Very closed-minded scientists sometimes hypocritically lecture us on the virtue of open-mindedness. An example of this is a post on the Real Clear Science site entitled “What It Really Means to Be Open-Minded.” In that post we hear a quote from neuroscientist Steven Novella telling us it is important for scientists to be open-minded. He states the following:

"Scientists, critical thinkers, and skeptics can and should be completely open-minded, which means being open to the evidence and logic whatever it says. If the evidence supports a view, then we will accept that view in proportion to the evidence."

Such a statement of principles is very amusing coming from Novella, who over the years in his blog posts has shown himself to be an extremely closed-minded thinker who automatically rejects any evidence that seems to clash with the tenets of neuroscience orthodoxy, as reflexively as a man may jerk his knee after it is struck with a wooden hammer. An example of Novella's inappropriate closed-minded thinking is a statement he made in a blog post last year:

"Psi or anomalous cognition, is a group of alleged phenomena that include sensing what other people are thinking, viewing remote locations not accessible to the normal senses, and predicting the future in some way. These claims are inherently implausible because there is no way to account for them with known phenomena. They appear, therefore, to violate well-established laws of physics. Therefore, any reasonable scientists would argue, the threshold of evidence needed before concluding that a psi phenomenon is real should be very high. What we have is very low-grade evidence at best, therefore it is reasonable to reject claims for psi."

This is closed-minded obstinacy. The claim that the evidence for psi is “very low-grade evidence at best” is a simple falsehood. Extremely convincing laboratory experiments showing the reality of things like ESP have been done for more than a century. An example is the experiment done by professor Riess in which a person at a remote location was tested, and scored more than 70% on 1850 trials, in a test in which the expected result by chance was only 20%. The chance probability of this has been estimated  as 1 in 10 to the 700th power. The reason why the overwhelming scientific evidence for ESP has not been sufficiently accepted by scientists is that people like Novella keep telling us falsehoods by saying things such as the evidence for psi is “very low-grade evidence at best.”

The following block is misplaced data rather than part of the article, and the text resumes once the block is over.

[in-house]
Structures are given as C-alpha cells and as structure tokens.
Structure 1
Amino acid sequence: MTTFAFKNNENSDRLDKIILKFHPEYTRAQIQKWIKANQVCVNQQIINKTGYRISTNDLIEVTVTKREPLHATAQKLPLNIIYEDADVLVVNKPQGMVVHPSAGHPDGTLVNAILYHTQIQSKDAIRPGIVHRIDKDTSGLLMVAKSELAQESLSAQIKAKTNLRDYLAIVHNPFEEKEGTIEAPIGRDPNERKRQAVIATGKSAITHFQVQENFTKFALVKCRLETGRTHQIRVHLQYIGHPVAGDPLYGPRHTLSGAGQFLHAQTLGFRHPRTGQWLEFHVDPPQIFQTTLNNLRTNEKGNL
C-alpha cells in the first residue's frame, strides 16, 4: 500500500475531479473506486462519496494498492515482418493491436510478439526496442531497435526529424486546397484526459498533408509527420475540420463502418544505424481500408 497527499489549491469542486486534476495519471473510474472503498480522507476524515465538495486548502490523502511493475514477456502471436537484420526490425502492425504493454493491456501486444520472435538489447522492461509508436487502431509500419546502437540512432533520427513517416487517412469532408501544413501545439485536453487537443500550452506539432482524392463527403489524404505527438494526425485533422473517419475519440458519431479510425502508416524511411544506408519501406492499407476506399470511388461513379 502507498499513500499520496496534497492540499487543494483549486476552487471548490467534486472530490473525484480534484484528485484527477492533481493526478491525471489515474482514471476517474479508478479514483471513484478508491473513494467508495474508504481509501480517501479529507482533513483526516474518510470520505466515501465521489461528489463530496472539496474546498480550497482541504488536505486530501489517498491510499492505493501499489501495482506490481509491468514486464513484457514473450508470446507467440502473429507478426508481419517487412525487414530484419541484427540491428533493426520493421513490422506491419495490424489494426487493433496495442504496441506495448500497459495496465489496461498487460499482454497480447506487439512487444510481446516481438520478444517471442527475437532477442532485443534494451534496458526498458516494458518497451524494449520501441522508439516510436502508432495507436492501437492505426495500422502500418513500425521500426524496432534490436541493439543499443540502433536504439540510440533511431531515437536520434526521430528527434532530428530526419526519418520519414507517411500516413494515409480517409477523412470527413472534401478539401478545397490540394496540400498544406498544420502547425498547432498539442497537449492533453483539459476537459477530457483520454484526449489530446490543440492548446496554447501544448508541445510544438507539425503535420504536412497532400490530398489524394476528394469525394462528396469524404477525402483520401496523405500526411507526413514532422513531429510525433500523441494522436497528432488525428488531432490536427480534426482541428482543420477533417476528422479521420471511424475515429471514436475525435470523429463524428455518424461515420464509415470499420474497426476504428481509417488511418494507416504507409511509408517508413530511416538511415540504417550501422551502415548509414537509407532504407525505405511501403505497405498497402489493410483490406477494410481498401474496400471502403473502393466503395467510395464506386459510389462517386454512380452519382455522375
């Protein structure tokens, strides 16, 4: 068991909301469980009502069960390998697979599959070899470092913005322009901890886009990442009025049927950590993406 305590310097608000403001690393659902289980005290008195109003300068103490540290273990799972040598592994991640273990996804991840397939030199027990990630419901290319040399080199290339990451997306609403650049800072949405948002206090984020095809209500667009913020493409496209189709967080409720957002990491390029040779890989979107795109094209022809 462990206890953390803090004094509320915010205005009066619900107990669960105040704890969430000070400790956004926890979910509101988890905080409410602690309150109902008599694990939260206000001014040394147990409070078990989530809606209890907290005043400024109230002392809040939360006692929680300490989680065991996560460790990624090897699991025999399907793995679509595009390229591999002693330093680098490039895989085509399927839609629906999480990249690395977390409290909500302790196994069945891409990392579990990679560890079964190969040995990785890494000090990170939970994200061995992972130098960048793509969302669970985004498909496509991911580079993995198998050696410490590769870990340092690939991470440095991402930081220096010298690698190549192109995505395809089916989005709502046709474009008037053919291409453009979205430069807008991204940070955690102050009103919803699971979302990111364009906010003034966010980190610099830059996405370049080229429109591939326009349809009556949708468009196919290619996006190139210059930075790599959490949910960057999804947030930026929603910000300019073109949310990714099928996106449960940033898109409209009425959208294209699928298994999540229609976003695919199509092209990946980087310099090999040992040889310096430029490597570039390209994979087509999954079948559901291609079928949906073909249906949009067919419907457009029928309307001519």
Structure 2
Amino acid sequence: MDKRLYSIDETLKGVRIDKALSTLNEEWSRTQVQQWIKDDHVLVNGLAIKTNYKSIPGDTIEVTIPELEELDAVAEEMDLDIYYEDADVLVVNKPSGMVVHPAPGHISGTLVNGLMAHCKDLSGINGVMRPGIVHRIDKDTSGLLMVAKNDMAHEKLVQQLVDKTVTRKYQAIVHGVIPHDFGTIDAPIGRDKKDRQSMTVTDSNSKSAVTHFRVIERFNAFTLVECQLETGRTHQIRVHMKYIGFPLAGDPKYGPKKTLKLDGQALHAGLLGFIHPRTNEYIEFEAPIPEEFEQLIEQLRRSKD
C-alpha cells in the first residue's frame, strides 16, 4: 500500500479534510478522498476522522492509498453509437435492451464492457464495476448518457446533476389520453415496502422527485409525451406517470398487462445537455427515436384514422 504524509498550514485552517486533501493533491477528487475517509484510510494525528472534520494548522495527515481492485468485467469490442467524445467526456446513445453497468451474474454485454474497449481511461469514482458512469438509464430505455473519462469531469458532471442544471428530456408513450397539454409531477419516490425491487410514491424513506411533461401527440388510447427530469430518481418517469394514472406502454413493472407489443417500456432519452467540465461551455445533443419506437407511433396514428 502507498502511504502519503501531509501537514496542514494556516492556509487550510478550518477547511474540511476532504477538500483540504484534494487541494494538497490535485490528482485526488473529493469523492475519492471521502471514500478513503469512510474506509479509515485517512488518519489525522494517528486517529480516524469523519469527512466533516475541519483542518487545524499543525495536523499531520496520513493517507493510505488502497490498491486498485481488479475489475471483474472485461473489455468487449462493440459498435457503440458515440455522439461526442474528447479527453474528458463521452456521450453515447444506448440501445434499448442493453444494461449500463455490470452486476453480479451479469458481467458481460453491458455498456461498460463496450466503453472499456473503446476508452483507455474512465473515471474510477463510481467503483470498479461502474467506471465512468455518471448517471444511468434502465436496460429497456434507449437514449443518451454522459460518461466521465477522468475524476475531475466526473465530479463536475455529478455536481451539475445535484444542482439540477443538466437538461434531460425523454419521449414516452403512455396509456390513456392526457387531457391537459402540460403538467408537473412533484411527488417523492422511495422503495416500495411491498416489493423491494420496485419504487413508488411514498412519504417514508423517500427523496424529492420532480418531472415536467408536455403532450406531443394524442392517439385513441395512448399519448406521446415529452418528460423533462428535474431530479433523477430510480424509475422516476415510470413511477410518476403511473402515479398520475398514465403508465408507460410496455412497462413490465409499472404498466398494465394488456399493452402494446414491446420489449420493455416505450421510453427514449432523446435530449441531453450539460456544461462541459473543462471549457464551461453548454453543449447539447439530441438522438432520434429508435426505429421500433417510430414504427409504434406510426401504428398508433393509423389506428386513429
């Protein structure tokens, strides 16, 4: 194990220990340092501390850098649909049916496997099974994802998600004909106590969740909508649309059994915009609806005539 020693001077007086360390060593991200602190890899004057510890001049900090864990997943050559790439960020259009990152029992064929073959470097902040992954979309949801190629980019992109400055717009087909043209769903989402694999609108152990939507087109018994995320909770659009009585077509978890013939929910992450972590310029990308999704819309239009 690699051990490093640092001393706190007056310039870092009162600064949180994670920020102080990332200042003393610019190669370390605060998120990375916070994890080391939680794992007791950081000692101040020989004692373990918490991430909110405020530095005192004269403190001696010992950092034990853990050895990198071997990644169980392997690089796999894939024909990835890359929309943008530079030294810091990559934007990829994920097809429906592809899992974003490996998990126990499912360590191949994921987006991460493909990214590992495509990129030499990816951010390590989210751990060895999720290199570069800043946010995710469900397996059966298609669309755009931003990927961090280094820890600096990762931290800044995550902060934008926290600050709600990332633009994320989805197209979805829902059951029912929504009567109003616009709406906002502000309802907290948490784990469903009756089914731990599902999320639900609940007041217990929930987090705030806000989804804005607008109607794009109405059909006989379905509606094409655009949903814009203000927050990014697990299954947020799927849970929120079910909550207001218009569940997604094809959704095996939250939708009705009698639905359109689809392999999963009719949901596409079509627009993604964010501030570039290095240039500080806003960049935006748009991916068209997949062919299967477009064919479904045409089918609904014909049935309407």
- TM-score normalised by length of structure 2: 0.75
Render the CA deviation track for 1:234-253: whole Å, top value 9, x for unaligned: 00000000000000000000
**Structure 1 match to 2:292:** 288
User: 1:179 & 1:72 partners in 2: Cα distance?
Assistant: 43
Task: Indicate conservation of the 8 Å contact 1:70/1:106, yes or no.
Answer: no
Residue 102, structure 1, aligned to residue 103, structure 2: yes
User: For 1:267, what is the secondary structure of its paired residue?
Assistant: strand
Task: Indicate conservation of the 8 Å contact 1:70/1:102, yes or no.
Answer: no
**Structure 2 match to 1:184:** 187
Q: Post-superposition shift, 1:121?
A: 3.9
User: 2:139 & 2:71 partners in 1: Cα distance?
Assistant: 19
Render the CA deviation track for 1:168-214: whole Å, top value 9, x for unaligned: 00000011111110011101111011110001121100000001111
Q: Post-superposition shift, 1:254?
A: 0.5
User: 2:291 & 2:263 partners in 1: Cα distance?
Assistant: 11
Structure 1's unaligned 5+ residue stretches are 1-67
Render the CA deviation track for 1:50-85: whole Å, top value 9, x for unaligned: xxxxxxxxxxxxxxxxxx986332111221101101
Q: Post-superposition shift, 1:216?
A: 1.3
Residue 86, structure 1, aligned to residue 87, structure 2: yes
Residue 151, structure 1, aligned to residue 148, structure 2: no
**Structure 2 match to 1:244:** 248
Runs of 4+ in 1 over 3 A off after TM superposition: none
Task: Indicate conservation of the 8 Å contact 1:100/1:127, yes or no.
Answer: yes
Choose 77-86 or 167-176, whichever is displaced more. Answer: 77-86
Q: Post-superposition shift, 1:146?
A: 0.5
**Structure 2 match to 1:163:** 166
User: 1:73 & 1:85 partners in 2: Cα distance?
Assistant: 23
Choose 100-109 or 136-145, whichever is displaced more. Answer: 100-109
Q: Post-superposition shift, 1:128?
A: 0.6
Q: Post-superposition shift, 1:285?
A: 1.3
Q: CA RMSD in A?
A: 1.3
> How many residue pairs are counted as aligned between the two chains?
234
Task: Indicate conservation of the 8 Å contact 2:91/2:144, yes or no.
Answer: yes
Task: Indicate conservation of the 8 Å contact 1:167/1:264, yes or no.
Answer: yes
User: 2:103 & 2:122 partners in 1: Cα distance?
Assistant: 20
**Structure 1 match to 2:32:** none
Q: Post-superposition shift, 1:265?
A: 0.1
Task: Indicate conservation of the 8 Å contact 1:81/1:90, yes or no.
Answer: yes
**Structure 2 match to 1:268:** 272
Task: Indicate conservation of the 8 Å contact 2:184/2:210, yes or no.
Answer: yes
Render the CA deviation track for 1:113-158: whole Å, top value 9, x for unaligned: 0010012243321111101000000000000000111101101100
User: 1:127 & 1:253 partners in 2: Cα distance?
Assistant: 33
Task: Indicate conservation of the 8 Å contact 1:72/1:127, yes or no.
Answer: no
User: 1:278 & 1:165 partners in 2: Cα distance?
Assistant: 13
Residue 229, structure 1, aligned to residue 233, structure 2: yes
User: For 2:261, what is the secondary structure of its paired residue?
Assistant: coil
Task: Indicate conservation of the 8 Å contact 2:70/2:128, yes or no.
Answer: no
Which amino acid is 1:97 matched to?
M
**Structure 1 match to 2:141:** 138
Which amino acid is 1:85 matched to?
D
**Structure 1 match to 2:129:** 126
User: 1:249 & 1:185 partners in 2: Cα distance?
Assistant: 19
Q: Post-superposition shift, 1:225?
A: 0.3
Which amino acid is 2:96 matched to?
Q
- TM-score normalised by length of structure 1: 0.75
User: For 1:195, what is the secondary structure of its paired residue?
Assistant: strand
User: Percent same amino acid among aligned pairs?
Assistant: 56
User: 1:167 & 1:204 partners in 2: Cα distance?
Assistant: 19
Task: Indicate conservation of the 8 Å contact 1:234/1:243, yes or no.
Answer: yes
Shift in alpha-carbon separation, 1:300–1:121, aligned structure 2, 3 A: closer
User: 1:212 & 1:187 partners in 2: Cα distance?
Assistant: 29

Yesterday on the Psychology Today web site, we had a surprisingly good summary of the overwhelming evidence for psi, presented by Steve Taylor PhD. Taylor tells us, "The evidence for psi is already very convincing," and refers us to this recent review published in the mainstream scientific journal American Psychologist, a review which tells us, "The evidence for psi is comparable to that for established phenomena in psychology and other disciplines."  

As for Novella's reasoning about possibility and the laws of physics, they contain two glaring errors. The first is his statement, “These claims are inherently implausible because there is no way to account for them with known phenomena.” You do not show the unlikelihood of something by the fact that there is no way to account for it with known phenomena. It happens quite frequently in the course of science history that scientists make novel observations that cannot be accounted for by the explanations known at that time, leading scientists to come up with new ideas about causes. An example is how observations of stellar rotation rates around the galactic center led scientists to postulate dark matter, and the example of how meteorite falls led scientists to postulate the existence of asteroids.

A more glaring error by Novella is the conclusion that since some observations cannot be accounted for with known explanations, “They appear, therefore, to violate well-established laws of physics.” The fact that you cannot account for something with known explanations does not at all suggest that any laws of physics are being violated.

Creating a pretentious priesthood through its academic ivory towers resembling seminaries, our science education system has trained scientists to be completely closed-minded about a wide variety of things. But closed-minded scientists often fancy themselves to be open-minded. There is one good way to test whether or not a scientist is truly open-minded on a topic: look to see whether the scientist shows signs of having very carefully studied the best evidence for some idea that conflicts with the dogmatic claims made by the scientist group that scientist belongs to. If you find evidence of such erudition, it does not prove that the scientist is open-minded on the topic, but may gave you a reason to suspect that he or she is. Almost all scientists who make statements about paranormal phenomena show no signs of having spent much time studying the evidence for such phenomena.

A person may be intimidated by the thundering sounds of scientists telling us, "This is our consensus," or "We say this is impossible," as intimidated as Dorothy was when she first saw the scowling floating head of the Wizard of Oz.  But when we understand the sociological and ideological factors which often are the stilts which support such opinions, and that the pronouncements of scientists are often merely the articles of faith of a belief community, then there may occur a certain "Toto pulling back the Wizard's curtain" moment in which intimidation is reduced.